Tuesday, October 1, 2013
Out of place?
It has recently been announced that the Royal Mail, the service that delivers letters in the UK, is about to become a private company. This state-owned letter-delivery service can trace its history back 497 years to the reign of Henry VIII, although in its present form it could be said to have had a new beginning in 1840. This was the year when, with the introduction of the penny post and the first pre-paid postage stamps, the service guaranteed to deliver any letter posted to an address in Great Britain for a uniform rate, paid by the sender.
An essential element in the postal system is the mail box, and I've blogged before about some of the various kinds of box found in England, including pillar boxes and wall boxes of various types. Here's another kind, the compact metal container known as a lamp box because it is designed not to be inserted into brickwork, as in my photograph, but attached to a lamp post or telegraph pole by means of pair of metal loops fixed to the side of the box. Lamp boxes originally had steeply curving metal tops, but this design, with a shallower curve, came in the time of George V and lasted into George VI's reign (1936–52) – the later king's monogram is cast into the front of this example. The gently curving top reminds me slightly of the roof of a telephone box and harks back to the time when telephone and postal services were both run by the same body.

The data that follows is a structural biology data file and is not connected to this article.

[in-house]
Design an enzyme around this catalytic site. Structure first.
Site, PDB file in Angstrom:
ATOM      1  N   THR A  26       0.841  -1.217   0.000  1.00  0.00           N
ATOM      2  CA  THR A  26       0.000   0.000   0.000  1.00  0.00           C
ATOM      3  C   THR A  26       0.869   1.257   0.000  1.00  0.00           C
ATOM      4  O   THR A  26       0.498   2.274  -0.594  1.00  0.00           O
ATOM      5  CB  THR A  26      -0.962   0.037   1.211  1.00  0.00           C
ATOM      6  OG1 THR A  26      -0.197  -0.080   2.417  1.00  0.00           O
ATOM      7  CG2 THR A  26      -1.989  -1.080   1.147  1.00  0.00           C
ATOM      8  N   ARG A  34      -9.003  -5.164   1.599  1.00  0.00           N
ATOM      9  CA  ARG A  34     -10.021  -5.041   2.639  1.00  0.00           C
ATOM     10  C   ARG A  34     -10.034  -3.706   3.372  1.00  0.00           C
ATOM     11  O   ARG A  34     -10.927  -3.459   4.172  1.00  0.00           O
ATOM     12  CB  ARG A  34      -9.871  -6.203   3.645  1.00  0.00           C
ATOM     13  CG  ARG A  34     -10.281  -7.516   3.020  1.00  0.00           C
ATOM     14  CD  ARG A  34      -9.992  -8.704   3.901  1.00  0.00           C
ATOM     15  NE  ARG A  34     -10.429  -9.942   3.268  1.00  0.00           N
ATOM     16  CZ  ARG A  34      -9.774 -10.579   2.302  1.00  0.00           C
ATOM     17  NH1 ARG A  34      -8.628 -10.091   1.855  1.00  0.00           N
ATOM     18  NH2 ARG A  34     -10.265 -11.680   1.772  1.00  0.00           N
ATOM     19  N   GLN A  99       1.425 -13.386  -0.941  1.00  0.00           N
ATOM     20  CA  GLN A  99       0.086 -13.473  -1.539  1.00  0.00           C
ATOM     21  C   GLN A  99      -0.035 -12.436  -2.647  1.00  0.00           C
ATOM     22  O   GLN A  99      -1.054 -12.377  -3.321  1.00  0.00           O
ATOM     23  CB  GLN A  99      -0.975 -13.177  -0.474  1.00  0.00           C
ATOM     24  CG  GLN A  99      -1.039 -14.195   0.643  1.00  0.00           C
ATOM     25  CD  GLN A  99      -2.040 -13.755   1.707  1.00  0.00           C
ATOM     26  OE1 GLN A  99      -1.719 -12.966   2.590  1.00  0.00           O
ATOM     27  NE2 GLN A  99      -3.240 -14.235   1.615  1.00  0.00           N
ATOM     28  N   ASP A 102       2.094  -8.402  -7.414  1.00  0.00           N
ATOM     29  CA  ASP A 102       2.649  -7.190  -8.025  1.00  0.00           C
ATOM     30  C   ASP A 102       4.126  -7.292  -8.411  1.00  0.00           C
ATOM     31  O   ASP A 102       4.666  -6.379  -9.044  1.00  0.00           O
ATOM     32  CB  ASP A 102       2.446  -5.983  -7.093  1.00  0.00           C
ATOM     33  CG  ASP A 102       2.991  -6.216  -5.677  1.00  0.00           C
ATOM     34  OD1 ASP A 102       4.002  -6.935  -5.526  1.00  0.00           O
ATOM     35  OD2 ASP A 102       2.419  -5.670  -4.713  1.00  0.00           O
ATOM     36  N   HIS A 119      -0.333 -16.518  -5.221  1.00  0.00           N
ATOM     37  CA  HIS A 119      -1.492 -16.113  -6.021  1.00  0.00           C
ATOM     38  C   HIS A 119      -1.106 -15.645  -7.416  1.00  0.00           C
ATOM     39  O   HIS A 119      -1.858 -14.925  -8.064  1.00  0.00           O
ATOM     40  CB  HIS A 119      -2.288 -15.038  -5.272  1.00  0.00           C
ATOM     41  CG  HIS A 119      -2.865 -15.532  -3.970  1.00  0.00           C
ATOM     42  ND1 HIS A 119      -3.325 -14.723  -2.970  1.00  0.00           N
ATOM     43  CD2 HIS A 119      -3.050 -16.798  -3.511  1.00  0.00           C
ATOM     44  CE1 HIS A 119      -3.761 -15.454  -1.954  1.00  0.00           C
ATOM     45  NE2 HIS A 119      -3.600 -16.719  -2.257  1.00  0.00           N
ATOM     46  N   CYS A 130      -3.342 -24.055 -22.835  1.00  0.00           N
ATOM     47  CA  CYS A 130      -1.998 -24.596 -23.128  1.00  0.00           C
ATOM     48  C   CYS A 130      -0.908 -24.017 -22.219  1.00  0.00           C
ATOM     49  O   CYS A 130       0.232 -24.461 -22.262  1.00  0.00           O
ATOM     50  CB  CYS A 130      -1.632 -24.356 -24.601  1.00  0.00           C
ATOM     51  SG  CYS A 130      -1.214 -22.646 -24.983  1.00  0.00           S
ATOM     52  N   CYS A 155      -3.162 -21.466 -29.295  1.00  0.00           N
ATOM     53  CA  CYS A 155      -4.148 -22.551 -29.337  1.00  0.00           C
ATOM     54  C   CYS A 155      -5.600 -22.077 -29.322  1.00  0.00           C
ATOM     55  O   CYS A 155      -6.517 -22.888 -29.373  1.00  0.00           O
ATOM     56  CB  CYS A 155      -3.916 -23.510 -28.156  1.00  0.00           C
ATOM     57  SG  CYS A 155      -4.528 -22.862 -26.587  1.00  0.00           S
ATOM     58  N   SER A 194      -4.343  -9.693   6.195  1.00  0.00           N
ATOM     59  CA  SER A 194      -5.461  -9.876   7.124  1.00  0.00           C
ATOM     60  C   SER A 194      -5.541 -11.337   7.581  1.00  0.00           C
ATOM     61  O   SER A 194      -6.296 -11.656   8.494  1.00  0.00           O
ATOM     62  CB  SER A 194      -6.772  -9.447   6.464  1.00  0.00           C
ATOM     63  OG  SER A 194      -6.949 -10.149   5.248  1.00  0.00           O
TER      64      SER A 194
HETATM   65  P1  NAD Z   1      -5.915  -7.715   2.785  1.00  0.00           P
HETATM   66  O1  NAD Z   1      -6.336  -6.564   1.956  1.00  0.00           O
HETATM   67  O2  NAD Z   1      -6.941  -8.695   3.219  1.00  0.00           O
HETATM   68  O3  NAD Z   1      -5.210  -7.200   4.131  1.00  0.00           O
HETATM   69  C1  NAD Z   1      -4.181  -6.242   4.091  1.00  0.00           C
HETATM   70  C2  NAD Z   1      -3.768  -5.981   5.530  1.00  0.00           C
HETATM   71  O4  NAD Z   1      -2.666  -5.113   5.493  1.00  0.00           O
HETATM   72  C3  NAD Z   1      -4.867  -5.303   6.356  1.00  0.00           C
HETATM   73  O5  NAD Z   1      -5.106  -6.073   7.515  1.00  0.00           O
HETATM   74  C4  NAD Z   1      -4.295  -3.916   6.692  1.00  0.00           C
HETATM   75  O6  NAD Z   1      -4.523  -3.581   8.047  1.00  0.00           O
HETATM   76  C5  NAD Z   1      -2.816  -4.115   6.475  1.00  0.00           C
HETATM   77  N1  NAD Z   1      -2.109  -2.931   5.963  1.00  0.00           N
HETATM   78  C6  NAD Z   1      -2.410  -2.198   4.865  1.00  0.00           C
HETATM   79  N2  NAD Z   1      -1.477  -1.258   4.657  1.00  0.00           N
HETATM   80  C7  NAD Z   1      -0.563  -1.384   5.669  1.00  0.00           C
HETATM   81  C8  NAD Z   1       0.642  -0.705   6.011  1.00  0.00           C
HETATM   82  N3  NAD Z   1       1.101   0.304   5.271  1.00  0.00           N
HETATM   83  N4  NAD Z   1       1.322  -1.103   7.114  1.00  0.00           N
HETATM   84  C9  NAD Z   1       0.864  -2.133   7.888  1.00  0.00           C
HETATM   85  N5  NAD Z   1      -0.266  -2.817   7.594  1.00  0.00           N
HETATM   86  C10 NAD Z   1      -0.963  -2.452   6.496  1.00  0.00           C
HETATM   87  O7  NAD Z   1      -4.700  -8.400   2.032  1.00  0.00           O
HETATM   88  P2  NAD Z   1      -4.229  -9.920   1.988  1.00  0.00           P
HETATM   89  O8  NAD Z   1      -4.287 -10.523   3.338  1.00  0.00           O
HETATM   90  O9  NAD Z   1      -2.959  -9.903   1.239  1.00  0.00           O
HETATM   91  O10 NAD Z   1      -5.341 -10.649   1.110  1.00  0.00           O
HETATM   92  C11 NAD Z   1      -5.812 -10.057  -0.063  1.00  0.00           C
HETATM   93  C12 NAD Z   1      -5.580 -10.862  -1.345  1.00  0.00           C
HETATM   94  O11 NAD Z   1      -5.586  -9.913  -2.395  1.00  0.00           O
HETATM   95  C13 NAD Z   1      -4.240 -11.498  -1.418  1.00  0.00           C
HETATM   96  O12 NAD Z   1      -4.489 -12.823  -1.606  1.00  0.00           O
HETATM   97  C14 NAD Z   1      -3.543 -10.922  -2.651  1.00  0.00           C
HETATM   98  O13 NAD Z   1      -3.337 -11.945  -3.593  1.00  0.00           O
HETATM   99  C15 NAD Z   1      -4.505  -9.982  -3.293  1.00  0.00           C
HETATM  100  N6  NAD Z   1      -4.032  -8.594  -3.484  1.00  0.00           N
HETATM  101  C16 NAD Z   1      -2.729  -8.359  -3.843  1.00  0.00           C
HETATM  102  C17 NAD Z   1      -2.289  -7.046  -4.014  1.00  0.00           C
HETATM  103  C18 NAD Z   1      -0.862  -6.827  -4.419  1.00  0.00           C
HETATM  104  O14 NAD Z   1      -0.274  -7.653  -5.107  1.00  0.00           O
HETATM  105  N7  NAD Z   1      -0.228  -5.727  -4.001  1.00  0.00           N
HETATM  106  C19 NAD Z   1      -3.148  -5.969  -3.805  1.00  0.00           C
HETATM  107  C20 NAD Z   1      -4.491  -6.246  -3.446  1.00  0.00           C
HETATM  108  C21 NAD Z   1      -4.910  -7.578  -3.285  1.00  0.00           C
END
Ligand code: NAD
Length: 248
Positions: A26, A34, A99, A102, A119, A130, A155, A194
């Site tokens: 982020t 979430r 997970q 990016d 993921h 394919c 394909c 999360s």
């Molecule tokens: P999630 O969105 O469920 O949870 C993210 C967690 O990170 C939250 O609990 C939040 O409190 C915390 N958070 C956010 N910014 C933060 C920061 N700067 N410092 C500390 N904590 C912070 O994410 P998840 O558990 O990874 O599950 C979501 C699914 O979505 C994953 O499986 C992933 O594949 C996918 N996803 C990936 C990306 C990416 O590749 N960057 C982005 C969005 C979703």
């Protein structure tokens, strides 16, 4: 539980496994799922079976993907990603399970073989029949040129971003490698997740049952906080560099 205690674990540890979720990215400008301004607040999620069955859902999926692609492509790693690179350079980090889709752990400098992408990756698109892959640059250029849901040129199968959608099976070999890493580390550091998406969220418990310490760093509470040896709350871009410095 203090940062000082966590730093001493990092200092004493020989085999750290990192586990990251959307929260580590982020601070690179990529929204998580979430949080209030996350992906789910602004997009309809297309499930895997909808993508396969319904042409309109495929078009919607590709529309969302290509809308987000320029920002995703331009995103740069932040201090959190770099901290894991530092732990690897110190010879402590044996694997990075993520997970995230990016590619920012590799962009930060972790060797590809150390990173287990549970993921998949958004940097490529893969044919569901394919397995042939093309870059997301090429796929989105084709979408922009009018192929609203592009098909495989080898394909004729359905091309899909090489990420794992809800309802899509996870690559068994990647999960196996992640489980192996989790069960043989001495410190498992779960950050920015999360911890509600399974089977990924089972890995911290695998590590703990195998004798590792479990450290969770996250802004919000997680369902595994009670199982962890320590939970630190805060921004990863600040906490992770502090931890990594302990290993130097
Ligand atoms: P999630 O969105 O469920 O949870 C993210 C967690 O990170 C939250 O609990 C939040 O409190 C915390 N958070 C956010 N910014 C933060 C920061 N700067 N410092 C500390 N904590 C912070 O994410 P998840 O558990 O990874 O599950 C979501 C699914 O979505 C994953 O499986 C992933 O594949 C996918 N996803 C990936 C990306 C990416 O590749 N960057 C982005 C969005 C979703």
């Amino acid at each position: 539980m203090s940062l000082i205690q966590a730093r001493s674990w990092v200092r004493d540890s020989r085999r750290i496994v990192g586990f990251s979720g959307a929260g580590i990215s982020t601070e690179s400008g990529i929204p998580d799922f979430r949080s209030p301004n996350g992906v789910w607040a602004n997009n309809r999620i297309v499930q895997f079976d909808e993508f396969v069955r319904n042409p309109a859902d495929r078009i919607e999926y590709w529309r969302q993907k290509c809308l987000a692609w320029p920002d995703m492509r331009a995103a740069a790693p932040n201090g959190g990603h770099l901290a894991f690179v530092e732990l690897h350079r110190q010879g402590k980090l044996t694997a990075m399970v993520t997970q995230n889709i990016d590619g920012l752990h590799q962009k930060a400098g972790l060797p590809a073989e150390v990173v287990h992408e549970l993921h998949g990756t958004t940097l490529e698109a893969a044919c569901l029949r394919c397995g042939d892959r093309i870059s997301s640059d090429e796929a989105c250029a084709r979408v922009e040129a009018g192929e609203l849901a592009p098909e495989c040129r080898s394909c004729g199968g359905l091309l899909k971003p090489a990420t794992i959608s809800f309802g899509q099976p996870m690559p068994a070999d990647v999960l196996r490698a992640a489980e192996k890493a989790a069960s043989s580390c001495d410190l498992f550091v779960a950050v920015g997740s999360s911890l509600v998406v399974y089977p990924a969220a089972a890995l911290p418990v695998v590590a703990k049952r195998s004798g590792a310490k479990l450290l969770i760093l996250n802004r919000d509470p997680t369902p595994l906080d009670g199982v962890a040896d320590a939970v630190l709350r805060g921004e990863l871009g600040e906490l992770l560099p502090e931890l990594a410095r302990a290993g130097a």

If this lamp box is rather out of place with its side loops removed and set into a brick pillar, it's clearly still doing its job. And how often have I seen the happy blend of a red rural post box and a growth of green ivy working its way around the metal, to be cleared away occasionally but never obliterated? Will the postal service be out of place in the public sector or manage to accommodate itself to the demands of shareholders, pressing around its edges like the invasive ivy around this box? Time will tell.